There is a reason the ABA requires a portion of your CLE hours be on the topic of substance abuse. Addiction is currently the #1 health concern in the U.S. and has extremely high rates in the legal profession, nearly twice that of the general population, 20% versus 10%. The objectives of requiring substance abuse education is to describe stressors contributing to depression, addiction and suicide in the legal profession by providing symptom profiles of depression, post-traumatic stress and substance abuse. Suicide is among the leading causes of premature death among lawyers; lawyers are 60% more likely to commit suicide than the general public. Substance abuse increases the suicide risk TEN-fold and as such, suicide is the third leading cause of death in lawyers behind cancer and heart disease. Attorneys need to learn to recognize the signs of addiction and know where and how to get help.
Stress is a major link between depression and substance abuse. Understanding stressors that lead to depression helps us recognize where the feelings are coming from and ultimately break the cycle from depression to substance abuse.
As attorneys, the pressure for billable hours is always at a high. And amongst recent graduates, general job dissatisfaction stems from the job being far from what law students expect. Practices and income are declining as a result of a stagnant economy, one of the bleakest job markets in history and paying off massive student loan debts causes major financial stress across the field. Attorney complain of no control over their personal lives, disrupting family life and sometimes causing divorce. Additionally, working with disturbed, distressed or highly traumatized clients, hearing traumatic narratives day in and day out would put stress on anyone.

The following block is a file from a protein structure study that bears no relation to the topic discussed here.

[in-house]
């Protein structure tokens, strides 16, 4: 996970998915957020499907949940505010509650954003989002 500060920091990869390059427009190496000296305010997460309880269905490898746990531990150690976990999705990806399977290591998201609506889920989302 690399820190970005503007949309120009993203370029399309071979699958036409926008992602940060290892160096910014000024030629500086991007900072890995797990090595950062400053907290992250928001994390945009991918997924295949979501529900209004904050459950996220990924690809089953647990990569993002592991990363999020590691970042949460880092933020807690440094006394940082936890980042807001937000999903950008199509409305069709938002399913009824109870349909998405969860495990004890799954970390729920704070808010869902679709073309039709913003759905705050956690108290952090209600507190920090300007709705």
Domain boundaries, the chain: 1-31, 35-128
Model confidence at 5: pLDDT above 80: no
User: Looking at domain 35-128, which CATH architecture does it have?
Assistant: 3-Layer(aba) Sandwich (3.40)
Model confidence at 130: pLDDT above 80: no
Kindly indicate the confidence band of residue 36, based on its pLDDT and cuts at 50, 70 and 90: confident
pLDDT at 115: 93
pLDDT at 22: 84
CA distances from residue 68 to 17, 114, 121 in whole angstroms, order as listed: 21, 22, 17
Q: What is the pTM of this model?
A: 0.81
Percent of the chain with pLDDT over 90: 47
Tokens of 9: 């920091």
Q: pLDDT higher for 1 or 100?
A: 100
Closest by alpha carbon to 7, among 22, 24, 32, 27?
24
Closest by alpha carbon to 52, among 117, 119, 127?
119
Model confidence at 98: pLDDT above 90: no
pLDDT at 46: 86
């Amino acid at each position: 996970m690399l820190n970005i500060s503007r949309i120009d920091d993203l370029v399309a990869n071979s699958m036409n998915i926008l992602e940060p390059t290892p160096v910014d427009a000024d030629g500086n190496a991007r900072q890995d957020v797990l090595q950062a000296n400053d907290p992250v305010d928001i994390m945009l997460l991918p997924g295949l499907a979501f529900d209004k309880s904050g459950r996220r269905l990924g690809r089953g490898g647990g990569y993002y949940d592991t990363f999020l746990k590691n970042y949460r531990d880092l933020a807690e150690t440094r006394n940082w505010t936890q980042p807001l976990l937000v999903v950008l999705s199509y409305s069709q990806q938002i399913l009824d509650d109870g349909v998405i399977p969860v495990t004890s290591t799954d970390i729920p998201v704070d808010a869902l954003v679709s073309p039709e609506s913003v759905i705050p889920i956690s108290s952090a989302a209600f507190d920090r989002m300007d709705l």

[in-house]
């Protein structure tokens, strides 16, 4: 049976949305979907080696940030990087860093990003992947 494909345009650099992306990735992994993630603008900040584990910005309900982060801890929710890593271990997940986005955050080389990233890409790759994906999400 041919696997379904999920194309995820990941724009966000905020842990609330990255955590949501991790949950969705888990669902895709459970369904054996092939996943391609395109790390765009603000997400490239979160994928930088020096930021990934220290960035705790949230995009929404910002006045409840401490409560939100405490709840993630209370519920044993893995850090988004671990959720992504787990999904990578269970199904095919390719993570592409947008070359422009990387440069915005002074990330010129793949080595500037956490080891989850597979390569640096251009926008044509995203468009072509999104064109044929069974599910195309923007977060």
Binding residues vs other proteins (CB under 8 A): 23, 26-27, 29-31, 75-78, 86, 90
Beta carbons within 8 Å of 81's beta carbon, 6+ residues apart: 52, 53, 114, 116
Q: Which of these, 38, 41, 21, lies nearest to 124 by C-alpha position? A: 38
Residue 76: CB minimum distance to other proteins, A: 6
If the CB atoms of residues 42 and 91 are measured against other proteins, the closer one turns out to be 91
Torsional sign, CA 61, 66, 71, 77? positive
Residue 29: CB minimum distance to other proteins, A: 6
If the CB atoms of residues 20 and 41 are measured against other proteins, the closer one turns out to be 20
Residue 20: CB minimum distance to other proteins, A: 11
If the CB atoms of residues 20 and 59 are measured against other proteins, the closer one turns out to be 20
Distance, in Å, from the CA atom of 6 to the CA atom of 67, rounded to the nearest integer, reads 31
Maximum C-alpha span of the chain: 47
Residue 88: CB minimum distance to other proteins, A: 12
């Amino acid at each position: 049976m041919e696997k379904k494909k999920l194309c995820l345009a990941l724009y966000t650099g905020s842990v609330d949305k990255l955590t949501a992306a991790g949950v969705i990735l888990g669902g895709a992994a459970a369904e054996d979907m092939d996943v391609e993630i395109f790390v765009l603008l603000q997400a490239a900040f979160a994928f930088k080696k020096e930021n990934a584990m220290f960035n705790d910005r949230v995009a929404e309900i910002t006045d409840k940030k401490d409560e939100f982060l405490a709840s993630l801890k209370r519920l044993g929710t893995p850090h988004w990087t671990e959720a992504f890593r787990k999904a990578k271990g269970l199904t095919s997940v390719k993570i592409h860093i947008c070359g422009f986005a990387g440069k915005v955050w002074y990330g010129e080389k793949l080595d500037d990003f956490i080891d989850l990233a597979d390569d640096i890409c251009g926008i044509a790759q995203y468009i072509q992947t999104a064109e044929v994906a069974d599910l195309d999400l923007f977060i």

The “culture” of the legal profession breeds adversarial, competitive and cut-throat personalities; there is an overall loss of intrinsic values. And the pressure to make partner could be the highest stressor of all. Associate attorney is ranked as the “unhappiest job in America” mainly because students come out of law school with hopes to get a good job and with that good job, the pressure to move up brings constant worry and stress to the daily grind. Perfectionism is rewarded in law school and in practice yet produce chronic feelings of “If I don’t do it perfectly, it’s not good enough” which leads to “I am not good enough.” Additionally, the overdeveloped sense of personal responsibility for lost cases drives intense feelings of the need to avoid failure.
As a result of the stressful culture, lawyers are three times more likely to suffer from depression than those in other professions and therefore the rate of substance abuse among lawyers is twice that of the general population. Substance abuse increases the suicide risk TEN-fold and as such, suicide is the third leading cause of death in lawyers behind cancer and heart disease.
Similar to learning to recognize the stressors leading to depression and substance abuse, knowing and recognizing the symptoms of depression and addiction let us know when we need to seek help or when another is in need. You want to try to recognize when something in your life is out of the ordinary or when you feel “off.”
Depression is identifiable by a combination of the following symptoms. Disturbances in your sleep, whether it be you are sleeping too much or not sleeping enough. A loss of interest or pleasure in usually stimulating activities. Eating, appetite and weight variances, more than the usual. Fatigue, lethargy, restlessness, and / or irritability. Feelings of worthlessness, excessive or inappropriate guilt, suicidal thoughts or actions. Difficulty concentrating or making decisions where you had no difficulty before.
“Secondary Traumatic Stress” is what happens when you listen to traumatic stories day in and day out. The symptoms are similar of those with Post-Traumatic Stress Disorder (PTSD), usually symptoms that give you a heads up that you have been affected in an extremely negative way that you can’t get past. This is distinguished by intrusive thoughts or images of distressing events, both while you are awake and while you are sleep. Hyper-arousal marked by extreme agitation, jumpiness and avoidance of reminders or triggers of the disturbing event.